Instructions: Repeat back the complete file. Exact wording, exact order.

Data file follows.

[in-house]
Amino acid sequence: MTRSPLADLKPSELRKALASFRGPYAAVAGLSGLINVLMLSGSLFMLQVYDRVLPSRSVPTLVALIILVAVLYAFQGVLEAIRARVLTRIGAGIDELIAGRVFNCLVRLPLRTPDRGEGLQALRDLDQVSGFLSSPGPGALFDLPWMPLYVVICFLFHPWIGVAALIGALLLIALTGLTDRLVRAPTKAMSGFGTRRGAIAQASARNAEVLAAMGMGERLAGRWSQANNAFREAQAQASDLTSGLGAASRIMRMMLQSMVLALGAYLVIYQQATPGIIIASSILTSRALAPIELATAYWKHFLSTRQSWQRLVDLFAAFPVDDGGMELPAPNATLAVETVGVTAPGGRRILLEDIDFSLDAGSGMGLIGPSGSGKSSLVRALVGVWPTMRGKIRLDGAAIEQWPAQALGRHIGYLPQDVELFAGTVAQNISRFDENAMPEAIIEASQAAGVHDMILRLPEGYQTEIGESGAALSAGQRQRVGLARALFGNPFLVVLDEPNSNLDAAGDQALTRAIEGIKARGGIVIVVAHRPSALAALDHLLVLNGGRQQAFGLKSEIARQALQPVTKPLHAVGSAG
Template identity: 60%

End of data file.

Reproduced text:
[in-house]
Amino acid sequence: MTRSPLADLKPSELRKALASFRGPYAAVAGLSGLINVLMLSGSLFMLQVYDRVLPSRSVPTLVALIILVAVLYAFQGVLEAIRARVLTRIGAGIDELIAGRVFNCLVRLPLRTPDRGEGLQALRDLDQVSGFLSSPGPGALFDLPWMPLYVVICFLFHPWIGVAALIGALLLIALTGLTDRLVRAPTKAMSGFGTRRGAIAQASARNAEVLAAMGMGERLAGRWSQANNAFREAQAQASDLTSGLGAASRIMRMMLQSMVLALGAYLVIYQQATPGIIIASSILTSRALAPIELATAYWKHFLSTRQSWQRLVDLFAAFPVDDGGMELPAPNATLAVETVGVTAPGGRRILLEDIDFSLDAGSGMGLIGPSGSGKSSLVRALVGVWPTMRGKIRLDGAAIEQWPAQALGRHIGYLPQDVELFAGTVAQNISRFDENAMPEAIIEASQAAGVHDMILRLPEGYQTEIGESGAALSAGQRQRVGLARALFGNPFLVVLDEPNSNLDAAGDQALTRAIEGIKARGGIVIVVAHRPSALAALDHLLVLNGGRQQAFGLKSEIARQALQPVTKPLHAVGSAG
Template identity: 60%